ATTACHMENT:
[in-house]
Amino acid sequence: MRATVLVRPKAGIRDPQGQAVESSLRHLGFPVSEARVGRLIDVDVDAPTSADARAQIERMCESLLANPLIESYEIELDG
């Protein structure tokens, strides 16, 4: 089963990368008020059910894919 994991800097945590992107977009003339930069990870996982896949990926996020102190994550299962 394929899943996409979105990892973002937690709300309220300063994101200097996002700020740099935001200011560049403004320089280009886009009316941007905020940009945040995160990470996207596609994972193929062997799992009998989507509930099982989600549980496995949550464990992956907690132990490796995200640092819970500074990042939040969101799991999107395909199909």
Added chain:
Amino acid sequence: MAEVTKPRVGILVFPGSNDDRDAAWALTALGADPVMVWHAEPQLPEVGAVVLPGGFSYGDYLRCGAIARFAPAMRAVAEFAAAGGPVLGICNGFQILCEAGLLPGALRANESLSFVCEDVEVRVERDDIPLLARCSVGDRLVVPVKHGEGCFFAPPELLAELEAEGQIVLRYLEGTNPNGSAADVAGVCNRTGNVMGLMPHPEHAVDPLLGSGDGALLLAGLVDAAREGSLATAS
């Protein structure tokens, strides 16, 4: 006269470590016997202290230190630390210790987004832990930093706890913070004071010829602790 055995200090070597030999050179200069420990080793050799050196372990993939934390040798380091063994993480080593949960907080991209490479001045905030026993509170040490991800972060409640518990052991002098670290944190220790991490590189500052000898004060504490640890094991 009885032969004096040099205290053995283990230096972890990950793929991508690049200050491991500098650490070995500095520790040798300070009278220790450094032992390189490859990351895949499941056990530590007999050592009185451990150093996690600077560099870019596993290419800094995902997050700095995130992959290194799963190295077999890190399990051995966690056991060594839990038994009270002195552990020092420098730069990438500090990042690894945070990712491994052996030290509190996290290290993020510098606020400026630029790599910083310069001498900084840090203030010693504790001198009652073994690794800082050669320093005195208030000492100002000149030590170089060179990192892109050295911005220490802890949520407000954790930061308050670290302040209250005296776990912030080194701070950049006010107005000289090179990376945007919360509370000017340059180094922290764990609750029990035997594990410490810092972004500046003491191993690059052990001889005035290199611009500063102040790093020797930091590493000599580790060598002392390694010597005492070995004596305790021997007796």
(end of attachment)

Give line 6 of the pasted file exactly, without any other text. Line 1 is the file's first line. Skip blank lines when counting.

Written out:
């Protein structure tokens, strides 16, 4: 006269470590016997202290230190630390210790987004832990930093706890913070004071010829602790 055995200090070597030999050179200069420990080793050799050196372990993939934390040798380091063994993480080593949960907080991209490479001045905030026993509170040490991800972060409640518990052991002098670290944190220790991490590189500052000898004060504490640890094991 009885032969004096040099205290053995283990230096972890990950793929991508690049200050491991500098650490070995500095520790040798300070009278220790450094032992390189490859990351895949499941056990530590007999050592009185451990150093996690600077560099870019596993290419800094995902997050700095995130992959290194799963190295077999890190399990051995966690056991060594839990038994009270002195552990020092420098730069990438500090990042690894945070990712491994052996030290509190996290290290993020510098606020400026630029790599910083310069001498900084840090203030010693504790001198009652073994690794800082050669320093005195208030000492100002000149030590170089060179990192892109050295911005220490802890949520407000954790930061308050670290302040209250005296776990912030080194701070950049006010107005000289090179990376945007919360509370000017340059180094922290764990609750029990035997594990410490810092972004500046003491191993690059052990001889005035290199611009500063102040790093020797930091590493000599580790060598002392390694010597005492070995004596305790021997007796």